At first look, the revolver might be mistaken for a larger caliber. It has a full five and half inch barrel and weighs 31 ounces. The wood stocks completely fill up your hand, and fit just like the old familiar Colt Single Action Army. This dwarfs a Ruger Bearcat enormously and is very comparable in size, if not a bit bigger, than a Single Six. The large size is not a detriment, in my opinion, it is comforting. The entire pistol, save for the brass ejector rod is steel, including, surprisingly enough, the ejector housing. This is a sturdy, well built pistol that does not need to be babied. On that note, it is not a handsome handgun either. It has no sleek lines or sensuous curves, but it works, and works well. The big front blade sights sticks up prominently on the end of the barrel while the rear sight is a square notch affair that is drift adjustable in the top of the frame. The firing pin is hammer mounted, so keep that in mind if you pack this revolver.IMG_1060

I should mention that this particular handgun was made in 1971. This is important to note as later versions of this pistol did include a transfer bar and frame mounted firing pin, a six shot cylinder, and Partridge style sights, probably in a bid to compete more directly with the Ruger Single Six. To load the pistol, you simply put the hammer on half cock, open the loading gate and rotate the cylinder, dropping a shell in each chamber. To unload you go through the same motions and then align the cylinder chamber with the ejector rod and push up on the ejector rod. To remove the cylinder for cleaning, you simply pull on the cylinder retaining pin, which is held firmly in place by a ball bearing detent. The single action trigger broke cleanly at 4lbs 4 oz consistently, while the double action pull is considerably stiffer at 12 lbs even. However, I cannot see how often the DA feature would be used that much to begin with, so it is a non-issue for me.

On The Range

Before I go too far into how it shot, I should talk about my criteria, at least for this pistol. I shot 5 shot groups, with the butt of the pistol on the bench, at 25 yards. The reason why I chose 25 yards is because I think that is a more realistic distance for the ranges that this pistol would be used for, i.e small game hunting, than say the seven yard range that seems to predominate pistol shooting these days. I think that 25 yards really opens up a pistol’s potential, and showcases a shooter’s bad habits a lot better than the seven yard range. I am also not the world’s best pistol shot, So if my groups seem looks like crud to you, remember to not blame the gun.

Anyways! I shot 4 different kinds of 22 L.R. in this pistol and chronographed the results. The ammo I used that had the best results was Remington Thunderbolt, 36 grain, advertised velocity 1260 fps; and Federal High Velocity, also 36 grain, advertised velocity 1280 fps. From the Remington Thunderbolt I got an average velocity of 948 fps, and from the Federal I got an average of 1036fps. Advertised velocity on 22 L.R. is typically derived from rifle length barrels, so a pistol, especially a revolver with a cylinder gap will have a considerably lower actual velocity. Both ammo brands shot groups that averaged consistently in the 2.5 to 2.75 inch range, which is fantastic in my opinion. This is definitely MOS (minute of squirrel) accuracy in my neck of the woods. I will note that the pistol also shot about 2 to 2.5 inches low at 25 yards, which I think had to do with my sight picture: I was aligning the blade and rear notch as you would a typical 3-dot sight system, when I think you should probably take a more Partridge-style sight picture, with the blade peaking over the rear notch.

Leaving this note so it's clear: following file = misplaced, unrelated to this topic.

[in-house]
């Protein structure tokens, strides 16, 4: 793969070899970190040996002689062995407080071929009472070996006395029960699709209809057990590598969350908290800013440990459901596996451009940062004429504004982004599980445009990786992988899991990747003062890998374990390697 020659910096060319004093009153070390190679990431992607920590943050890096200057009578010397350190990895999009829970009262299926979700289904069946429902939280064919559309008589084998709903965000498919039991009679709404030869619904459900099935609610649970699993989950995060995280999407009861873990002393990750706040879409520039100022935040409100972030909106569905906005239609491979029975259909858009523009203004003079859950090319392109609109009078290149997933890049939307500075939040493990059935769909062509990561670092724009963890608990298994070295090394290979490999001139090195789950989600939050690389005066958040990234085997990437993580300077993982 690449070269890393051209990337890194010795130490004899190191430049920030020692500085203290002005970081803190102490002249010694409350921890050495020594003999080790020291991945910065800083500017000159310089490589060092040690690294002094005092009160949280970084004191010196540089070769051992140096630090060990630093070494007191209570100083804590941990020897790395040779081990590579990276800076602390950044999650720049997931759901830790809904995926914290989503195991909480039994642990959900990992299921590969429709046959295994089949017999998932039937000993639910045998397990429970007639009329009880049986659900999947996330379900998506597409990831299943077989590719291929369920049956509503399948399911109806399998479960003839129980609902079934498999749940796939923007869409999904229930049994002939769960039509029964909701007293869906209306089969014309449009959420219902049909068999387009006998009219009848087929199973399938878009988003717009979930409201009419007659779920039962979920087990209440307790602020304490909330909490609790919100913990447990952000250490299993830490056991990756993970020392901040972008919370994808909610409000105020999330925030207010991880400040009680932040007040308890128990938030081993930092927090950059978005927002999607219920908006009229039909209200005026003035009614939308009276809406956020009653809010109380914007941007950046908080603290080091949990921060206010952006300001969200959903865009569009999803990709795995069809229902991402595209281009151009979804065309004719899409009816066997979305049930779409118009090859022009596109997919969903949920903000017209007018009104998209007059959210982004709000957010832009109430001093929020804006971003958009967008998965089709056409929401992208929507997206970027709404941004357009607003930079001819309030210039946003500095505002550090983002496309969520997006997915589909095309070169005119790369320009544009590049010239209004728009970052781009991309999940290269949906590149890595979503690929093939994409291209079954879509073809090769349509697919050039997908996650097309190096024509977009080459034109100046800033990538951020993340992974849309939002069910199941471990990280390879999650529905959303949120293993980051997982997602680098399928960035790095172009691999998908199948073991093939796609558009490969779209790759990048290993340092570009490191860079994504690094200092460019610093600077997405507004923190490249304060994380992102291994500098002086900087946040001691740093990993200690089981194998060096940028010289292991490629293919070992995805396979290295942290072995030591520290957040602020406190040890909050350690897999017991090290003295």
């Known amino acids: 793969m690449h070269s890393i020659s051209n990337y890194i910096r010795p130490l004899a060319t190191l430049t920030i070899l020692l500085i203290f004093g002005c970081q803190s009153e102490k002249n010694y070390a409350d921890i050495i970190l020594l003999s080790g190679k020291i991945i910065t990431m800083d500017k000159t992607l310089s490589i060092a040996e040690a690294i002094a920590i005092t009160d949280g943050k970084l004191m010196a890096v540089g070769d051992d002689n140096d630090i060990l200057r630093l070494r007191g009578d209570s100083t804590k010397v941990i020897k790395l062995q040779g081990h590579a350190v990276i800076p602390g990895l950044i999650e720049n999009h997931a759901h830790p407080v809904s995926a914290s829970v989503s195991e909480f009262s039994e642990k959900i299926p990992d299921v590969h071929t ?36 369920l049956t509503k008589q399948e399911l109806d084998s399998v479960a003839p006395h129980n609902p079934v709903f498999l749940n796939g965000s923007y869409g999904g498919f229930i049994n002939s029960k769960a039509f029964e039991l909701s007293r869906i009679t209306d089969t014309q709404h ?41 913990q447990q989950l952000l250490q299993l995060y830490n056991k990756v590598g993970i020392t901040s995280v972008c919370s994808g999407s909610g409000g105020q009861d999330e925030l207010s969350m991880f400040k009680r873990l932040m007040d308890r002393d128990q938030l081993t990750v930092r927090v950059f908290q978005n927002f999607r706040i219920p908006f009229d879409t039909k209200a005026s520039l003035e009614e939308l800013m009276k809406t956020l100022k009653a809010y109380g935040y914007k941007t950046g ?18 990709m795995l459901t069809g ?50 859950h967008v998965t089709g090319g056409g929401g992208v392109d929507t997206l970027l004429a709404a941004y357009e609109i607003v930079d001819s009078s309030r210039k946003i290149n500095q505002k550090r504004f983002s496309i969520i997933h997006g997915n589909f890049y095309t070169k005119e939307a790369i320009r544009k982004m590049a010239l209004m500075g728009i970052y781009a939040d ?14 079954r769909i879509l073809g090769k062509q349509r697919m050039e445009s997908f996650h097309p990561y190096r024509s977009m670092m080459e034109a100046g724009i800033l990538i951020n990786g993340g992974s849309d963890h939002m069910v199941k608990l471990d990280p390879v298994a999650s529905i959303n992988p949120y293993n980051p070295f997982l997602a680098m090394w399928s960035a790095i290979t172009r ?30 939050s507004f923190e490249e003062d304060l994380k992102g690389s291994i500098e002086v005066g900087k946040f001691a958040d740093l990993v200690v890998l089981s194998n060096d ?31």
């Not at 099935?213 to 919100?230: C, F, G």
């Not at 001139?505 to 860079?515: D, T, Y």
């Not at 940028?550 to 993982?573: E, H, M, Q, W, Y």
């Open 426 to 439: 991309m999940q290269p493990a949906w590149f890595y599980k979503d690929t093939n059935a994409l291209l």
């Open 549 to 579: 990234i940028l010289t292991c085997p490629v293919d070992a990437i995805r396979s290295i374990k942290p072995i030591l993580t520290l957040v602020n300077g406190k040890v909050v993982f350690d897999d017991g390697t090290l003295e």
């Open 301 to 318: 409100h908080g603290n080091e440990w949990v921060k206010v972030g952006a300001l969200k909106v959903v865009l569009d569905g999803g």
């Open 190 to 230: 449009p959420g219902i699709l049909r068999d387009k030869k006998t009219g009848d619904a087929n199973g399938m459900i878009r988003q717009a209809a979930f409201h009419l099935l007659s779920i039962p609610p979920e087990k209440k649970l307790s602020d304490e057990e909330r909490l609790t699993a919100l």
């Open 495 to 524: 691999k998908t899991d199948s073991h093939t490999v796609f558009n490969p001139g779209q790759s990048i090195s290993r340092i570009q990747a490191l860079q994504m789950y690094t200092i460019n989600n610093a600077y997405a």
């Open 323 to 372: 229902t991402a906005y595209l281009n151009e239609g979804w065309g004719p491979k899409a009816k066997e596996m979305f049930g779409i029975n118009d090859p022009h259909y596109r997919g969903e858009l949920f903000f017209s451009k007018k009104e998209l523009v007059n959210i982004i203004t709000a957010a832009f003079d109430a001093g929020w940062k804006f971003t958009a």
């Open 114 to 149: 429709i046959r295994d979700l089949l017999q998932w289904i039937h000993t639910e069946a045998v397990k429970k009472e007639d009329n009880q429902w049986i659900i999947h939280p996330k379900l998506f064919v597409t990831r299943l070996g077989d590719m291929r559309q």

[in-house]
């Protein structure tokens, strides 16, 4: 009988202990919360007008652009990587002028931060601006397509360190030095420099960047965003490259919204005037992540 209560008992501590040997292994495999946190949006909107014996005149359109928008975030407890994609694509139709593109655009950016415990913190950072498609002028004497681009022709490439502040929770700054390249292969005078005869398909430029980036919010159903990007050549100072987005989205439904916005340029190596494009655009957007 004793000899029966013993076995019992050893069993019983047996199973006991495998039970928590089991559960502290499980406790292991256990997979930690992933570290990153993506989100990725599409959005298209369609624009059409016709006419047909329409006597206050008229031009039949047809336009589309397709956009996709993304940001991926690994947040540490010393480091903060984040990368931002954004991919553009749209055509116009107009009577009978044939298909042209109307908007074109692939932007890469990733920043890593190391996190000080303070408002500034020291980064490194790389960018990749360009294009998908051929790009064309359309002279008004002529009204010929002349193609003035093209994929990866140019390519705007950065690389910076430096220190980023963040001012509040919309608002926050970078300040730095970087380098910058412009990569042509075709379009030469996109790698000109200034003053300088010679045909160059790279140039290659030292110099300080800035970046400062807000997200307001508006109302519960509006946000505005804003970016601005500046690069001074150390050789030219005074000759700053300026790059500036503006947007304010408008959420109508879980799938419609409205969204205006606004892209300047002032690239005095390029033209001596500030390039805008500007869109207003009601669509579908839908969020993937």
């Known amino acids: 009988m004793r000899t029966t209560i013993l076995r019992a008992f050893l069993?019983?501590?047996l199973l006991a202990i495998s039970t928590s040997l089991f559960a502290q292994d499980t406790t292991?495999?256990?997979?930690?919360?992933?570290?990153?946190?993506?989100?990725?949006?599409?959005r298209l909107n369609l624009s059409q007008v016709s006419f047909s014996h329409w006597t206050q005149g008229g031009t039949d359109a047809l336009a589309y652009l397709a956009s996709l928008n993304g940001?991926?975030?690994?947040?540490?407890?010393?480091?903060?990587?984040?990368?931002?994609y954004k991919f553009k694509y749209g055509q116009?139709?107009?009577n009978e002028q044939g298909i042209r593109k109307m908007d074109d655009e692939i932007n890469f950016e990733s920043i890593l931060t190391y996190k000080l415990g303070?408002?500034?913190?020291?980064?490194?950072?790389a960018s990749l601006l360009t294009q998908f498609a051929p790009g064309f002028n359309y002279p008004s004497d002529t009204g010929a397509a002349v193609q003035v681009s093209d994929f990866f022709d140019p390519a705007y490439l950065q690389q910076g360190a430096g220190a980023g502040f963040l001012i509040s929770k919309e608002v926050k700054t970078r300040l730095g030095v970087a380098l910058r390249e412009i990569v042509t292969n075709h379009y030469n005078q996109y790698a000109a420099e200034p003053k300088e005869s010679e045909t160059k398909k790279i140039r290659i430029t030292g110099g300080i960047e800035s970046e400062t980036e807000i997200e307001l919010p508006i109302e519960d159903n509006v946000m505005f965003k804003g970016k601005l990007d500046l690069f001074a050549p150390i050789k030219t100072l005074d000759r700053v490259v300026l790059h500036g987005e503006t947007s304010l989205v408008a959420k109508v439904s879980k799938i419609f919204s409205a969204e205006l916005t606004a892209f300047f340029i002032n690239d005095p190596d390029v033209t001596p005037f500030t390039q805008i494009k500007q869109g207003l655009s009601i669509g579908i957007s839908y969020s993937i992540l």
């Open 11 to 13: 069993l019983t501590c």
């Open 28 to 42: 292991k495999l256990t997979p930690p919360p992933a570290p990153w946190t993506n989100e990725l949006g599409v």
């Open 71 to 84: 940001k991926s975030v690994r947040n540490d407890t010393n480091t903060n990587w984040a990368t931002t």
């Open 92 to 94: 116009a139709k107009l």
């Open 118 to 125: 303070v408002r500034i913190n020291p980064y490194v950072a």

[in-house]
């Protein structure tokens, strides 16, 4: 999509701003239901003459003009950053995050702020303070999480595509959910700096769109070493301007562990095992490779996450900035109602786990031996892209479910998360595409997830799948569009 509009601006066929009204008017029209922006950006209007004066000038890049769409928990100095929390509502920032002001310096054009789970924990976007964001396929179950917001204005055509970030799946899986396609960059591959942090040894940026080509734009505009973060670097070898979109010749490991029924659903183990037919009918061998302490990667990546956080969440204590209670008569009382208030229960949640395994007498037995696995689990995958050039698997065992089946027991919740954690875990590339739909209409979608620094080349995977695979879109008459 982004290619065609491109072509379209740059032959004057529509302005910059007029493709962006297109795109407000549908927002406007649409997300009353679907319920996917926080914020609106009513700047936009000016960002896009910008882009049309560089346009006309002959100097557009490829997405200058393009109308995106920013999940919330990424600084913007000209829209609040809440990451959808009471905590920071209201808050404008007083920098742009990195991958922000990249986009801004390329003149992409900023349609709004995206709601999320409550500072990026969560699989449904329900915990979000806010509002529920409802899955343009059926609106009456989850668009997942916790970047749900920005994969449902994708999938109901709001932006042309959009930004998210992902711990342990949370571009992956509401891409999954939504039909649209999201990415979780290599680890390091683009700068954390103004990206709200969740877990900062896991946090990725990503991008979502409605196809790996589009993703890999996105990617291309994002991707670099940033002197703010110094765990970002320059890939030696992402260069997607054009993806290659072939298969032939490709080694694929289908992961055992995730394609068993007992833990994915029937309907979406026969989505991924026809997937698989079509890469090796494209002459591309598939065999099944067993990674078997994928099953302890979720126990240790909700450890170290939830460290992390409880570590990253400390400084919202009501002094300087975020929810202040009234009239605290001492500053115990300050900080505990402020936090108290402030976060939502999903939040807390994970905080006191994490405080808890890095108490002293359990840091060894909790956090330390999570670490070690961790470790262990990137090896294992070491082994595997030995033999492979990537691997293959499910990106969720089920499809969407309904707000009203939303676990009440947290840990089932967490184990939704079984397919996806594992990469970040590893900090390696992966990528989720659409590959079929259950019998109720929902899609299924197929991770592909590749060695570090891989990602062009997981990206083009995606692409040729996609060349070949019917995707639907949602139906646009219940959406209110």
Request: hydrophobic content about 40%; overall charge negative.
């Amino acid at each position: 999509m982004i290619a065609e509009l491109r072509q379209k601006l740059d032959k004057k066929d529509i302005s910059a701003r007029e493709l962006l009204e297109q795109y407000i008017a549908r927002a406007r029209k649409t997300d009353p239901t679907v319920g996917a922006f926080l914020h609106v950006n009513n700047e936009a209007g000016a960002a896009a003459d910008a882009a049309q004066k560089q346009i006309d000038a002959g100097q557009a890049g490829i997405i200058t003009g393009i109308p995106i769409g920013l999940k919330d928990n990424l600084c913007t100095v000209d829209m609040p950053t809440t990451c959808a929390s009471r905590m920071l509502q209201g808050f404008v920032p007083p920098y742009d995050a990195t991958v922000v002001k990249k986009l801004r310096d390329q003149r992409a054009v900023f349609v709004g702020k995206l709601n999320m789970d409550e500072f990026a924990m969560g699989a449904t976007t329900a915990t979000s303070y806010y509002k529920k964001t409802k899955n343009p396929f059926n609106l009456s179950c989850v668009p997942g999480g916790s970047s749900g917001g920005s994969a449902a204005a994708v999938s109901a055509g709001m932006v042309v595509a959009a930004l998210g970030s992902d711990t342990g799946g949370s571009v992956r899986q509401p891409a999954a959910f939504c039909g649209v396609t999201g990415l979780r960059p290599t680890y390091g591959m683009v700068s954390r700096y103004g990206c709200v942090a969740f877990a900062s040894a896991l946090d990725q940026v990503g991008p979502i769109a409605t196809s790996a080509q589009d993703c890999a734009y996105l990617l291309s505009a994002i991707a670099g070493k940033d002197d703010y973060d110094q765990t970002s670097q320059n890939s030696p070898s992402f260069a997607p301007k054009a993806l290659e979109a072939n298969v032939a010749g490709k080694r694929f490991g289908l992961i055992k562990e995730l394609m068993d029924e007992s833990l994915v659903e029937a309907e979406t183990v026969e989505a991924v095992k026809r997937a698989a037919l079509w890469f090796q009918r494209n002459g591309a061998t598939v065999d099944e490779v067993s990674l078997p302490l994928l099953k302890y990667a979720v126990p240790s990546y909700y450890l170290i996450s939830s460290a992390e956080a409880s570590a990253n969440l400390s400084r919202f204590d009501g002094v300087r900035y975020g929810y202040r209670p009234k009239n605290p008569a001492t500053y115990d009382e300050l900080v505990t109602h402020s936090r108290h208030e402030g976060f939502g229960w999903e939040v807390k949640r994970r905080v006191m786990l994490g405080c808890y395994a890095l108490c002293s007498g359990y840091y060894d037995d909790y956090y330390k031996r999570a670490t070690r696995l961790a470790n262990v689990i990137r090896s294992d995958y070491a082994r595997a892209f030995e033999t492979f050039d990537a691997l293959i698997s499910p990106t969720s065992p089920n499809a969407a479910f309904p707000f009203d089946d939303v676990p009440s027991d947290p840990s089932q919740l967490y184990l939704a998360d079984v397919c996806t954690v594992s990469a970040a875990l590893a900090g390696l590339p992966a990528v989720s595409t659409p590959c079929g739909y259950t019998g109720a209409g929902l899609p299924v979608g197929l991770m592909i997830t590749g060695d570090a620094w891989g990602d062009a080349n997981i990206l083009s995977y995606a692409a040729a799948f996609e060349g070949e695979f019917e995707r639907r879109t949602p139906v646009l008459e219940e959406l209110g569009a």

Final Thoughts

After having spent some quality time with this old revolver I can say that it is definitely a keeper. It is accurate, fun to shoot, well built, and very versatile. This revolver would be a perfect addition on hiking trips, hunting and fishing excursions, and introducing the young’uns to shooting. It is capable of feeding and extracting all types of 22 Long Rifle, 22 Long, 22 Short, 22 CB, 22 Shotshell and as such can handle a variety of situations. Even though these have long since been out of production they are fairly common at your local gun stores and pawn shops and are relatively inexpensive with the worst ones going for just under $100 and a mint example going for $300. I can say that H&R did right by this one, and it would definitely be a pistol I’d get again.

Stats

Name:      H&R 949                   Action:      Double Action Revolver                Barrel Length:     5.5 in

Caliber:    22 Long Rifle         Weight:     31 oz.                                                        OA Length:           10.25 in

Capacity:  9                                  Trigger Pull:  4.25 lbs SA/ 12lbs DA               Sights:       Fixed Square Notch/ Fixed Blade

Price:        $100-300 used